Behold! Enter The WWW

At first a website was seen as a cute way to put your company brochure online and on top of that the disastrous dot bomb era created skepticism that labeled the Internet as a bad media and business channel.

Fortunately, since then the Internet has matured. Now, in countries where broadband has achieved high levels of household penetration, the web has become the consumer medium of choice.

Why? Because people can do research, shop online, watch videos and connect with friends all in the comfort of their own homes. People can choose what media they want to consume, where and when they choose too, especially with mobile connectivity. Marketers can no longer dictate what advertising messages people get subjected too.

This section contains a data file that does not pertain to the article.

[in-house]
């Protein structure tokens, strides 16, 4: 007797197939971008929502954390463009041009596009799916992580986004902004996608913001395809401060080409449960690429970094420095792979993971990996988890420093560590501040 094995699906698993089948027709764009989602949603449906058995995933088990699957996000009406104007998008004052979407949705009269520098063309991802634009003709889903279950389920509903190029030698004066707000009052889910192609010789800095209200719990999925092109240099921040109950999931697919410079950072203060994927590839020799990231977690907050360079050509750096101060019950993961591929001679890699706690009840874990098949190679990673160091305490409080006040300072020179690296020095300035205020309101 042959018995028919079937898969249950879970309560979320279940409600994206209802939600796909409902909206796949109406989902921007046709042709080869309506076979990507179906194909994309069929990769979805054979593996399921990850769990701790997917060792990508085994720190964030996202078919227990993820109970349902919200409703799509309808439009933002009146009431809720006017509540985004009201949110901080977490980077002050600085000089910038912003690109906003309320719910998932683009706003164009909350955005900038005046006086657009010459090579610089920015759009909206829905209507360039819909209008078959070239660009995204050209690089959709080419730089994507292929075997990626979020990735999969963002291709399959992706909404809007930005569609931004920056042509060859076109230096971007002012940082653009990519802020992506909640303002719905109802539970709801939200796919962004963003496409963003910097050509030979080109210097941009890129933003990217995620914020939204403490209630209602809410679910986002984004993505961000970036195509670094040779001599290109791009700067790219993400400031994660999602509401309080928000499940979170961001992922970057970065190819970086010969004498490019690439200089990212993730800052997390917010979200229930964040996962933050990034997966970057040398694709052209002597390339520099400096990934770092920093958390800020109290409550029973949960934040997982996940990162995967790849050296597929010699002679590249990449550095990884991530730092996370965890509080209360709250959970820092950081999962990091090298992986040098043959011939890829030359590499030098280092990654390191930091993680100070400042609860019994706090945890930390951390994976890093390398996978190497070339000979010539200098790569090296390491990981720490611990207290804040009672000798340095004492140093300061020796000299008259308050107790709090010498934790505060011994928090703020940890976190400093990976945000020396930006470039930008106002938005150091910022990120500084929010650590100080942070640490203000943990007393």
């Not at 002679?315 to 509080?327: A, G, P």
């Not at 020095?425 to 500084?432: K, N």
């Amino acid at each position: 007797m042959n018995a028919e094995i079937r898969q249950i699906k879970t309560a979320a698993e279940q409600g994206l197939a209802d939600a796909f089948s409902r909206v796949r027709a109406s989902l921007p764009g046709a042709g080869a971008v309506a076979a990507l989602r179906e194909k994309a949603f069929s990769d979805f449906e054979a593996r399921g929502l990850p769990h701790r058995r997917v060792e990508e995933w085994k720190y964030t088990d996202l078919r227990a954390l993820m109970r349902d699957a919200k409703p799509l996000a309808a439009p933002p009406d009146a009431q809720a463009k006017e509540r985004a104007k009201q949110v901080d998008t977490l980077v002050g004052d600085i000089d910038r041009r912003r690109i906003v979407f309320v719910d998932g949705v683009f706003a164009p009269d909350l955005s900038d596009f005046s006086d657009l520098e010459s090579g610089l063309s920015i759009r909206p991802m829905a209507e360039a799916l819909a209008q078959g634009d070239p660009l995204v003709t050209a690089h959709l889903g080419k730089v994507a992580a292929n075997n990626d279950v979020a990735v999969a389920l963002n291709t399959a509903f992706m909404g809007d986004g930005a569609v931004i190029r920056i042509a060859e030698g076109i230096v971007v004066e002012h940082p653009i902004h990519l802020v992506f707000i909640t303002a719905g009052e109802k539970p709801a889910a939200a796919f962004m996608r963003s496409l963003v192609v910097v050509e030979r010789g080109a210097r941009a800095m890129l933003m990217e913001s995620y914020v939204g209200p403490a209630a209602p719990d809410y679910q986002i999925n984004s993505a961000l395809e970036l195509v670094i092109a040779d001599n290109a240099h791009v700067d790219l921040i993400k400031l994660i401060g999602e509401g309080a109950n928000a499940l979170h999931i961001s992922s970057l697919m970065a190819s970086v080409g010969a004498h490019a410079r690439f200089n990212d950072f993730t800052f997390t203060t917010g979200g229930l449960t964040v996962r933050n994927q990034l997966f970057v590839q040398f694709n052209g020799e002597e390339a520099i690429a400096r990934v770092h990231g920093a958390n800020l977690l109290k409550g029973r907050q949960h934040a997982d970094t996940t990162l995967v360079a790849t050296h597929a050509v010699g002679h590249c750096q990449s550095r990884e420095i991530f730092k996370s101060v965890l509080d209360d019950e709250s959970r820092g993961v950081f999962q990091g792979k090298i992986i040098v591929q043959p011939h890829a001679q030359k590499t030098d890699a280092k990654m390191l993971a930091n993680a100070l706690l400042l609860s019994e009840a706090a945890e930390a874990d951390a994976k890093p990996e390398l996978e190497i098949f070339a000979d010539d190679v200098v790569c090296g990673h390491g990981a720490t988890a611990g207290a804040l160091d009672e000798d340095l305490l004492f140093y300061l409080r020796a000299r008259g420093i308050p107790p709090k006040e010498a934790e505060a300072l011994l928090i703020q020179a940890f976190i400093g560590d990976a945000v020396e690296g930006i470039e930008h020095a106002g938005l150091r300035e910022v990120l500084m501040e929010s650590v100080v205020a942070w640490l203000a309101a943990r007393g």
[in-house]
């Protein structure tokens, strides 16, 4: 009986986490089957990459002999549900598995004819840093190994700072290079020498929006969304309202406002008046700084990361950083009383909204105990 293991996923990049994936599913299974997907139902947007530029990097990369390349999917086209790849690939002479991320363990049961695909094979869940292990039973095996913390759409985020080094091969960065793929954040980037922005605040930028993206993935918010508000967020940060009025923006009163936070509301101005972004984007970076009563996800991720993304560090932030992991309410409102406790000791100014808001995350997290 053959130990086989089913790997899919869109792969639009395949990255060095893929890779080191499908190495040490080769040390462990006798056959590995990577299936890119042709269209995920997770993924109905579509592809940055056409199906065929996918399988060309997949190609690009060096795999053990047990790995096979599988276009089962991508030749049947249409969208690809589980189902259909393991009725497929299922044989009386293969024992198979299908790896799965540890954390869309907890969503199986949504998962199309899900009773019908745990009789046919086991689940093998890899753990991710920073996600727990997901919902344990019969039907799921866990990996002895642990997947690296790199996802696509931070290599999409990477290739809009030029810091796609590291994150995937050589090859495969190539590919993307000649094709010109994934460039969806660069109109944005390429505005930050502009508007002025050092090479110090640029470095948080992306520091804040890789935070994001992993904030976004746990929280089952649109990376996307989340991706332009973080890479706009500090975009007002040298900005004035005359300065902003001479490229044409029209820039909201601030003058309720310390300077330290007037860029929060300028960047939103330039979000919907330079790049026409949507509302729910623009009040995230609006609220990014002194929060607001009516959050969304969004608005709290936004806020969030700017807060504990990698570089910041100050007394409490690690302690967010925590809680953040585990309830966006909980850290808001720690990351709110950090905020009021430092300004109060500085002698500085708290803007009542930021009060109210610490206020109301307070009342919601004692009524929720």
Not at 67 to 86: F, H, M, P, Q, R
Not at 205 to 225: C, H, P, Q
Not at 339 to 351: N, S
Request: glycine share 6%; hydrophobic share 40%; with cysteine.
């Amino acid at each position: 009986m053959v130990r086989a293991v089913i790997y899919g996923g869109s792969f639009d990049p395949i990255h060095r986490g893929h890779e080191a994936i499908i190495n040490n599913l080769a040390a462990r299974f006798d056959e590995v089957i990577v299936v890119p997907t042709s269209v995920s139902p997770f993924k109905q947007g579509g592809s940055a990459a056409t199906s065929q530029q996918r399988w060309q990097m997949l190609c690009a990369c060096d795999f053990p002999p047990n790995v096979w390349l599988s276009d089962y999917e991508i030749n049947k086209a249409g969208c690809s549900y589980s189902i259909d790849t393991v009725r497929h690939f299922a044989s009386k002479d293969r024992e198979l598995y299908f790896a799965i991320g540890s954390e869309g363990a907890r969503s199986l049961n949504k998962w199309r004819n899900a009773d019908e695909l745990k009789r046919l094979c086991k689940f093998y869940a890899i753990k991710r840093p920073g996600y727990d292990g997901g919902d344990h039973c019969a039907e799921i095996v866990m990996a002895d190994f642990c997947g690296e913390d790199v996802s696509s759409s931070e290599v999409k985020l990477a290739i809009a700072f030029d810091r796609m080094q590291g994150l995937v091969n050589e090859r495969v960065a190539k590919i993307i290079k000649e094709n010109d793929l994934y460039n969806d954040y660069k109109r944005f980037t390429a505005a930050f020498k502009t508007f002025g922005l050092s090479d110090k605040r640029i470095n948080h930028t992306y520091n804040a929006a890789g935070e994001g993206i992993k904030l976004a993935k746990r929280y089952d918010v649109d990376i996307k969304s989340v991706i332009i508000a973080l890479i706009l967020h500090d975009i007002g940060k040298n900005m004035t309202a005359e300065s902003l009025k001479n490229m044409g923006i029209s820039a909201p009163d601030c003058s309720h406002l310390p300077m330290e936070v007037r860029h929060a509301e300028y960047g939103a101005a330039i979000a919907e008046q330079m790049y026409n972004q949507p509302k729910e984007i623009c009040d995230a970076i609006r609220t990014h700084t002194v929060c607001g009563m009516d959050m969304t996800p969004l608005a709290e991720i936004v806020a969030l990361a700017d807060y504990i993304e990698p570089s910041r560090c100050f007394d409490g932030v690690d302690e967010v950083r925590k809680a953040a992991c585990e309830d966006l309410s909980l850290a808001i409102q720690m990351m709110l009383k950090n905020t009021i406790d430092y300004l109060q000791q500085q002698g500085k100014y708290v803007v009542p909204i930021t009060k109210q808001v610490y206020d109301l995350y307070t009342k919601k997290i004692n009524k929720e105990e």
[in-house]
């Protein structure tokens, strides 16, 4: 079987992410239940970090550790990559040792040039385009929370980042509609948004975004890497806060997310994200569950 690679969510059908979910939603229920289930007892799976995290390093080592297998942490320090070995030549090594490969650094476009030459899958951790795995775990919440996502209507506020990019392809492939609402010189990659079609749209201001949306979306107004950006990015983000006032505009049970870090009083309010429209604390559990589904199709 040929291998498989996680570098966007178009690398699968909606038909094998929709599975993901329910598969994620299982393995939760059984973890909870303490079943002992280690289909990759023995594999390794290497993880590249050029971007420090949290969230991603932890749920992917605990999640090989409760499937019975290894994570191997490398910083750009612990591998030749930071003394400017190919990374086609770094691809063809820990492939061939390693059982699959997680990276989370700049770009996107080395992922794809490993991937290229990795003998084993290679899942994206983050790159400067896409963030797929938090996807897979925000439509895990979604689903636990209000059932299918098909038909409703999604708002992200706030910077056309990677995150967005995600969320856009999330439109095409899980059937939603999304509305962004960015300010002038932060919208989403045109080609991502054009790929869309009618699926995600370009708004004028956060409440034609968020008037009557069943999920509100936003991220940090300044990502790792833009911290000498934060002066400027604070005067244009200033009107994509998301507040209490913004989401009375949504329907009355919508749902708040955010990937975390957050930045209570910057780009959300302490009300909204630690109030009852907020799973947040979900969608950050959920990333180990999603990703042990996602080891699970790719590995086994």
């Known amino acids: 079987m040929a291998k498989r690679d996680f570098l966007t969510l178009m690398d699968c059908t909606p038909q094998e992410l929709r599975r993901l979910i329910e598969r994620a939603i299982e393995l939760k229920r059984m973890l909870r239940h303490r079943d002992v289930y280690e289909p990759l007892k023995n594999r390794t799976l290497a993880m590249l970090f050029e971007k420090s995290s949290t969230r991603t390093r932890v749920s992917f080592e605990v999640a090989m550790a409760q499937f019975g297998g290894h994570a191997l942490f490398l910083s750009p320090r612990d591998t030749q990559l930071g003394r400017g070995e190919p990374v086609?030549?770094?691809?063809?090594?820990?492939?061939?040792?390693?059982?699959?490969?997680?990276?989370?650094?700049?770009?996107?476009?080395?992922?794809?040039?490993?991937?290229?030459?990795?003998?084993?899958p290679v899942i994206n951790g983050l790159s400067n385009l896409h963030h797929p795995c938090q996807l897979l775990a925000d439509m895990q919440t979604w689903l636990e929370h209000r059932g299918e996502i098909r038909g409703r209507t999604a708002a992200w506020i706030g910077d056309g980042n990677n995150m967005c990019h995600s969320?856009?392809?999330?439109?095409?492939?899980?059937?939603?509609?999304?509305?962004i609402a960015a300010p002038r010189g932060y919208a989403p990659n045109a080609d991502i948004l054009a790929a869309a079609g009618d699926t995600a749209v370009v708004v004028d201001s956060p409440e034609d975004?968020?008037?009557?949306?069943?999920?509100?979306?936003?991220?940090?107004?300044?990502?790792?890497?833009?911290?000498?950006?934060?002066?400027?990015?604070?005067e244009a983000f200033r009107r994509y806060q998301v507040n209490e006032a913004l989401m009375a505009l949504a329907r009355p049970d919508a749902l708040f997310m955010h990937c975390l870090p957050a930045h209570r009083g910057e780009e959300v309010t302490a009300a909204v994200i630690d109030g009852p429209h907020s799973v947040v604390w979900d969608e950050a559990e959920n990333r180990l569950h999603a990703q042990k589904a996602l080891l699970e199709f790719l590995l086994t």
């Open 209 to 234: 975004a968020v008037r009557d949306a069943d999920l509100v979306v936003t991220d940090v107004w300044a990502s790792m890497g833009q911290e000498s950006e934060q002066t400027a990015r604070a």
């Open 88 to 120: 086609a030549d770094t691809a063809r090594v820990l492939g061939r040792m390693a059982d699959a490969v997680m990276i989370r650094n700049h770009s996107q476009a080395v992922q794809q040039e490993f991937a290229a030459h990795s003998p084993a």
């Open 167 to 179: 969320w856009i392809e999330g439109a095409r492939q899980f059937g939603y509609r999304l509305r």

Social Media, The New Black

Then there is the phenomenon of Social Media. It changed the media landscape forever. Social Media websites have allowed consumers to connect with friends, family, colleagues and peers in ways that were never imaginable a few decades ago.

Technology has empowered the consumer to become the Prosumer. Prosumers are consumers who produce content such as videos, photos and blogs that can be instantly distributed and shared amongst millions of people via social media platforms. This is also known as user-generated content or UCG.

Here is an interesting bit of trivia about the reach of Traditional Media vs. the Internet and Social Media.

Years it took to reach a market audience of 50 Million:

  • Radio – 38 Years
  • TV – 13 Years
  • The Internet – 4 Years
  • The iPod – 3 Years
  • Facebook – 2 Years

So How Does The Internet Affect Traditional Media?

The Internet has decreased the need for Traditional Media because it enabled consumers to join social societies within their neighborhoods, across their countries and internationally. It has empowered them to converse at their leisure, 24/7, with friends.